It was during my wandering that I was warmly greeted by one of Scotland’s women’s team Courtney Lynn. You see I know Courtney from a different environment which is located around ten minutes from the square. I refer to Glasgow’s hidden gem that is the Blue Chair Cafe where Courtney and I are often found amongst the regulars for the Wednesday night open mic where I perform my poems and Courtney is known to treat us to a song or two.
With me being in a chatty mood I decided to talk to a couple of the stewards who were only too happy to share their stories of how the event had unfolded and pose for a picture with the coach of Namibia for me.
For a competitive tournament and believe me it was fiercely competitive, it has to be said that there was an atmosphere of friendship throughout the event. At a time when many sports stars are viewed perhaps unfairly as overpaid prima donnas this was good to see but I think this particular group of footballers who have had to endure many hardships have can do attitude to sport because having faced prejudice and social exclusion they know the truth of what is printed on the t-shirts and that to me sums up what the homeless world cup is all about.
On walking past the support stall I saw someone I thought I knew and had to do a double take before I realised it wasn’t my fellow poet Sam Small but a very friendly lookalike called Tyler who was advised by yours truly to Google his poetic lookalike and be happy he was paid such a compliment.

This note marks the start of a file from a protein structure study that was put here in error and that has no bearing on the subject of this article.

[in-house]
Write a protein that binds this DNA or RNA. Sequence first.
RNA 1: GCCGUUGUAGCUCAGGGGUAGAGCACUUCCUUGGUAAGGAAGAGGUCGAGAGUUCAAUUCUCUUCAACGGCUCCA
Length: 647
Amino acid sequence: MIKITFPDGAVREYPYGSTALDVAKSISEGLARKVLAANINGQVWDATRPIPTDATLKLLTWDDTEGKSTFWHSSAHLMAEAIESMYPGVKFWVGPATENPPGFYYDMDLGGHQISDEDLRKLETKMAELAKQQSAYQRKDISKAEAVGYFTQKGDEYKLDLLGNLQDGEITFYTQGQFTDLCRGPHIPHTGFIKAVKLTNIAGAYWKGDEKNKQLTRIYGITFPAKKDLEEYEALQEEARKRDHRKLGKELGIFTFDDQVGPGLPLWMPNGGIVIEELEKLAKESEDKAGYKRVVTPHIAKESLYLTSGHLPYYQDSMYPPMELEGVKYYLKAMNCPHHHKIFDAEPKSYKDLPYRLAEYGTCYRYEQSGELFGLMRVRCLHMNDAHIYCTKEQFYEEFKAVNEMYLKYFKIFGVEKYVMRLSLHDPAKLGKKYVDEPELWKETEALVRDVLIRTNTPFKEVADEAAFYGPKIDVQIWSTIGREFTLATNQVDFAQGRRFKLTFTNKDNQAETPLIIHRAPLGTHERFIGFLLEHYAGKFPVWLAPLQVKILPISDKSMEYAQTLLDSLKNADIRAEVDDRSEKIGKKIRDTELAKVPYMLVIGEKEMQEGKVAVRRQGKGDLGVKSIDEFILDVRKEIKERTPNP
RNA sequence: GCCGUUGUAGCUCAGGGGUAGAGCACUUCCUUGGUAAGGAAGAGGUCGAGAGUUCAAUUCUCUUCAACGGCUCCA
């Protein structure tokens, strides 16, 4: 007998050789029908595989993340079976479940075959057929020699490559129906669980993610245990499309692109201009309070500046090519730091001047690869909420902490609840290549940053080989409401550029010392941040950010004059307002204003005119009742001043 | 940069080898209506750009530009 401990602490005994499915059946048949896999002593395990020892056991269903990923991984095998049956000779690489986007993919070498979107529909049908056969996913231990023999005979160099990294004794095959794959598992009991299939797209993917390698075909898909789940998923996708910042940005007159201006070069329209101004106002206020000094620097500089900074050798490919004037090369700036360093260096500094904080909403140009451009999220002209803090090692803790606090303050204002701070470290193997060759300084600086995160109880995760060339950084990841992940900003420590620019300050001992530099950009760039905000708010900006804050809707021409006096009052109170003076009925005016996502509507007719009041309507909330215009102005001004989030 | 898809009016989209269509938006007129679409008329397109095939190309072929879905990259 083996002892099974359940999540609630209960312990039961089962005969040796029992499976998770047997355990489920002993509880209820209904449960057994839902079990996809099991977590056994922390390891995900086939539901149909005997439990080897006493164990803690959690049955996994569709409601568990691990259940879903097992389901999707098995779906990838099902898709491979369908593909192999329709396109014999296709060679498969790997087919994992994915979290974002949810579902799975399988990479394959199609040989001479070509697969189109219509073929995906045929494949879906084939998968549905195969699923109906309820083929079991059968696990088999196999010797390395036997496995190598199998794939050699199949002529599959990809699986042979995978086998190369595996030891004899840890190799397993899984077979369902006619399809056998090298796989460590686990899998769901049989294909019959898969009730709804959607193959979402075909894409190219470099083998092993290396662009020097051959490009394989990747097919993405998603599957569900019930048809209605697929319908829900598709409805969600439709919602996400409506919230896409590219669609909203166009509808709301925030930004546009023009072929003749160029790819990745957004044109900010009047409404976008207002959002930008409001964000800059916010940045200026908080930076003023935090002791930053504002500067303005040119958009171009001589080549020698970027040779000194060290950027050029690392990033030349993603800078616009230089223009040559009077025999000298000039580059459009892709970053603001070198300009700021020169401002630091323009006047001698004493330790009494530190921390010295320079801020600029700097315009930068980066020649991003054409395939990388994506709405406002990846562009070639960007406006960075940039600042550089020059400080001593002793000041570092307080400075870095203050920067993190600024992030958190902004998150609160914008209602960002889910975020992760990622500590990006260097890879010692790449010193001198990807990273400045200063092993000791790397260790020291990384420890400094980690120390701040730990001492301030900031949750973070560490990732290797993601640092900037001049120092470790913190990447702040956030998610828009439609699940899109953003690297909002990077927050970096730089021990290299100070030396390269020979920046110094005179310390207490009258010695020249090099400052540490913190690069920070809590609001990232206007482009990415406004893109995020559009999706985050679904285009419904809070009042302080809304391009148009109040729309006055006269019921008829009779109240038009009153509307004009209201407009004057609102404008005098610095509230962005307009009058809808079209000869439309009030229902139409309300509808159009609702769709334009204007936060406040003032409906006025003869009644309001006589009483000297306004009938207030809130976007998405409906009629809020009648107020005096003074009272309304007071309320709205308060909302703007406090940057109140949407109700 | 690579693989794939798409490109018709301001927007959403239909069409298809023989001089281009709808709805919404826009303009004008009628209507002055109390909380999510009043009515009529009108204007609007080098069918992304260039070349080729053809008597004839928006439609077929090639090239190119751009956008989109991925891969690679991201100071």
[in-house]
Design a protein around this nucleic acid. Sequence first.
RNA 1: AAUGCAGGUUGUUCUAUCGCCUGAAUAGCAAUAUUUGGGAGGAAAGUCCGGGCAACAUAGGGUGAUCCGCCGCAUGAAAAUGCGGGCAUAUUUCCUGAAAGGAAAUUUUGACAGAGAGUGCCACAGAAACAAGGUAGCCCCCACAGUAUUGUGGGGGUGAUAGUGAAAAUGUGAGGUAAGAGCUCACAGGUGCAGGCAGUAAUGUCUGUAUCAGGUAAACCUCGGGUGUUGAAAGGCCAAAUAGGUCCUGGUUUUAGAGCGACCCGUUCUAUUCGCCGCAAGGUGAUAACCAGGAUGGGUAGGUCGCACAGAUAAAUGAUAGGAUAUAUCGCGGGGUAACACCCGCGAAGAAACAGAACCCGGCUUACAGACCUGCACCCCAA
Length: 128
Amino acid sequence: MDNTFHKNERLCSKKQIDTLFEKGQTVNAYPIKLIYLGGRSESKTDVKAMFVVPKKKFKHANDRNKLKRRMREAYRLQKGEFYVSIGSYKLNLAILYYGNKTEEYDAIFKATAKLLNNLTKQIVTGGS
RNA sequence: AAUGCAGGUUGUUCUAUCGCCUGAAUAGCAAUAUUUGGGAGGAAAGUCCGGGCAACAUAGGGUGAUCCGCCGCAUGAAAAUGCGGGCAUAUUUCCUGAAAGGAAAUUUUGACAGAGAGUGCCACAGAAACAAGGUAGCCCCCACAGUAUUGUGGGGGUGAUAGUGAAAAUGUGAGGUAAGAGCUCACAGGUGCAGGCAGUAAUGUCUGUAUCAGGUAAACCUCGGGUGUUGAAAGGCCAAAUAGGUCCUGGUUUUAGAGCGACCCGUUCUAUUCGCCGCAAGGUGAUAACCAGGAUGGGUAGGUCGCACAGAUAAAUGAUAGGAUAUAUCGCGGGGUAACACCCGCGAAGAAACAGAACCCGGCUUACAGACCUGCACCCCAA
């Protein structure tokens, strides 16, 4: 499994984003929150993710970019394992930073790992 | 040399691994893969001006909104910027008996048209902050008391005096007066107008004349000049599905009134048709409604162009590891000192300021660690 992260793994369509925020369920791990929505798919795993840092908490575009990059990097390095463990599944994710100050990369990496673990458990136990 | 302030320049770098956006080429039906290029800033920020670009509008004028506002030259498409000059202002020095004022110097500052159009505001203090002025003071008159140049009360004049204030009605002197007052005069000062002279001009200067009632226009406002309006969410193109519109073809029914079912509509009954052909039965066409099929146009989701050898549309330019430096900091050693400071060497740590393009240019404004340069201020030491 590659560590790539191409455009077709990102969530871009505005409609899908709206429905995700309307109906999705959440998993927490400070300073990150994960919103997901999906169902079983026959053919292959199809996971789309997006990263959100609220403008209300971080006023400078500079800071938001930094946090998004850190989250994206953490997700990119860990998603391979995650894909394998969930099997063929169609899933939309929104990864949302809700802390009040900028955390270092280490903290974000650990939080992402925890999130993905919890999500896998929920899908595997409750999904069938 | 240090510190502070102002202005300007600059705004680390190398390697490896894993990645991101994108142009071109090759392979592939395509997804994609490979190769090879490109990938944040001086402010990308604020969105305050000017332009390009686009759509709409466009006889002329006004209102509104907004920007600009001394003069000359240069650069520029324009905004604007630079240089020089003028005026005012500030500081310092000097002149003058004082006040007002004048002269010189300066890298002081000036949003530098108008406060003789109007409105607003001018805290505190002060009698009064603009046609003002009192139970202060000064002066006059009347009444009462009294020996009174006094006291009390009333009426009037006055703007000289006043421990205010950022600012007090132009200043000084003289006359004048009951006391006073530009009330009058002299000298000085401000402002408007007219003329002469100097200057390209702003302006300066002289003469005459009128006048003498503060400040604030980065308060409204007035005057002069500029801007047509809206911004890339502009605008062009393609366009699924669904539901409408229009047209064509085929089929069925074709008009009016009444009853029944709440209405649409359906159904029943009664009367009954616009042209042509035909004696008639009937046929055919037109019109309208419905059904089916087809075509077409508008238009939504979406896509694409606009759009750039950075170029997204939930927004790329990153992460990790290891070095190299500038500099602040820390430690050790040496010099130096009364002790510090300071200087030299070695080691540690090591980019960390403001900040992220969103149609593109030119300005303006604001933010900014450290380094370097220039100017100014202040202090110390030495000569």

Next up on my personal tour of the world were a fine group of lads from Northern Ireland. This lot were a very friendly bunch who represented their country brilliantly both on the field and off it and were great ambassadors for the tournament. This picture shows the lads happy and relaxed and in a very positive frame of mind.
Not content with a team picture these lads insisted that I joined them for a selfie and since I melt at an Irish accent this was an offer I wasn’t going to turn down.
I then captured an action of Zimbabwe V Bukino Faso (see below)
After this I stuck with African teams and managed to get a close up of this handsome lad from the Ivory Coast. This was a particularly pleasing shot to get as his team had just a thrilling game to the Netherlands and many players would not have been in the mood to pose for photographs in such circumstances.
After this it was turn of the Romanian players to pose for the camera and they were in confident mood though they said their English wasn’t good. I joked that living in the East End of Glasgow my English wasn’t perfect either. Now I don’t know why but this joke seemed to work and put them at their ease.
After this photograph was taken my next shot was of a man who spends his time his time stopping them, and the Polish goalie cut a fine figure in this little number. It’s my guess that his country went for this choice because it would startle opponents in to missing what we in Scotland call sitters and therefore give his country a better chance of qualifying for the knock out stages of the competition.